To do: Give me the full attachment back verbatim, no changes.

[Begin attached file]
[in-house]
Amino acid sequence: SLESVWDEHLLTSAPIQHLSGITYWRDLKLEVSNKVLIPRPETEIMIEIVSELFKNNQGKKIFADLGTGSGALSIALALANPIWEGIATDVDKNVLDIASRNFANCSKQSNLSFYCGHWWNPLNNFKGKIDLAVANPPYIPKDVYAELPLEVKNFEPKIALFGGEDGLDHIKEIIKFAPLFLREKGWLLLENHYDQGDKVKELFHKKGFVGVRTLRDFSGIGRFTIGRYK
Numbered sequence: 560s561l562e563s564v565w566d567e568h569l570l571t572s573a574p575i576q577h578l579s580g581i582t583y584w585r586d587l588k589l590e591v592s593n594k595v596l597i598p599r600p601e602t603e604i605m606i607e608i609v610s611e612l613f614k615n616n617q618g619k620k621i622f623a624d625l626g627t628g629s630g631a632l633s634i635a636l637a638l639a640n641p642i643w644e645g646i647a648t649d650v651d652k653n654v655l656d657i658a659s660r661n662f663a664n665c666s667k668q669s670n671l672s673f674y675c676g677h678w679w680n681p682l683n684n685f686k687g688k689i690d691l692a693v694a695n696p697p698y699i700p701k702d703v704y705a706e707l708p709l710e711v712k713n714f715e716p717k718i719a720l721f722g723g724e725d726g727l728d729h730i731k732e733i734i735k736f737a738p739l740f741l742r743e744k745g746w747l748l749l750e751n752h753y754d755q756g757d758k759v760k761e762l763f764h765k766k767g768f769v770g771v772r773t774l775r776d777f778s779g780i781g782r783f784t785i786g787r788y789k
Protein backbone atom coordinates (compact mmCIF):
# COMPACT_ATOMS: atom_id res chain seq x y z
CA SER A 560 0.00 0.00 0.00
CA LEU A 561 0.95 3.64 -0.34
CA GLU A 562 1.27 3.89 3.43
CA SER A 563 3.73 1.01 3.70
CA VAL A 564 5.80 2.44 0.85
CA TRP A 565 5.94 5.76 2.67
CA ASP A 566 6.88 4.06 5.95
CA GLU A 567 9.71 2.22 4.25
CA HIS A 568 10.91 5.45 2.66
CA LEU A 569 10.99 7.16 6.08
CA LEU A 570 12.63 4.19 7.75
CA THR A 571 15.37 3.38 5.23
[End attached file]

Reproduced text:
[in-house]
Amino acid sequence: SLESVWDEHLLTSAPIQHLSGITYWRDLKLEVSNKVLIPRPETEIMIEIVSELFKNNQGKKIFADLGTGSGALSIALALANPIWEGIATDVDKNVLDIASRNFANCSKQSNLSFYCGHWWNPLNNFKGKIDLAVANPPYIPKDVYAELPLEVKNFEPKIALFGGEDGLDHIKEIIKFAPLFLREKGWLLLENHYDQGDKVKELFHKKGFVGVRTLRDFSGIGRFTIGRYK
Numbered sequence: 560s561l562e563s564v565w566d567e568h569l570l571t572s573a574p575i576q577h578l579s580g581i582t583y584w585r586d587l588k589l590e591v592s593n594k595v596l597i598p599r600p601e602t603e604i605m606i607e608i609v610s611e612l613f614k615n616n617q618g619k620k621i622f623a624d625l626g627t628g629s630g631a632l633s634i635a636l637a638l639a640n641p642i643w644e645g646i647a648t649d650v651d652k653n654v655l656d657i658a659s660r661n662f663a664n665c666s667k668q669s670n671l672s673f674y675c676g677h678w679w680n681p682l683n684n685f686k687g688k689i690d691l692a693v694a695n696p697p698y699i700p701k702d703v704y705a706e707l708p709l710e711v712k713n714f715e716p717k718i719a720l721f722g723g724e725d726g727l728d729h730i731k732e733i734i735k736f737a738p739l740f741l742r743e744k745g746w747l748l749l750e751n752h753y754d755q756g757d758k759v760k761e762l763f764h765k766k767g768f769v770g771v772r773t774l775r776d777f778s779g780i781g782r783f784t785i786g787r788y789k
Protein backbone atom coordinates (compact mmCIF):
# COMPACT_ATOMS: atom_id res chain seq x y z
CA SER A 560 0.00 0.00 0.00
CA LEU A 561 0.95 3.64 -0.34
CA GLU A 562 1.27 3.89 3.43
CA SER A 563 3.73 1.01 3.70
CA VAL A 564 5.80 2.44 0.85
CA TRP A 565 5.94 5.76 2.67
CA ASP A 566 6.88 4.06 5.95
CA GLU A 567 9.71 2.22 4.25
CA HIS A 568 10.91 5.45 2.66
CA LEU A 569 10.99 7.16 6.08
CA LEU A 570 12.63 4.19 7.75
CA THR A 571 15.37 3.38 5.23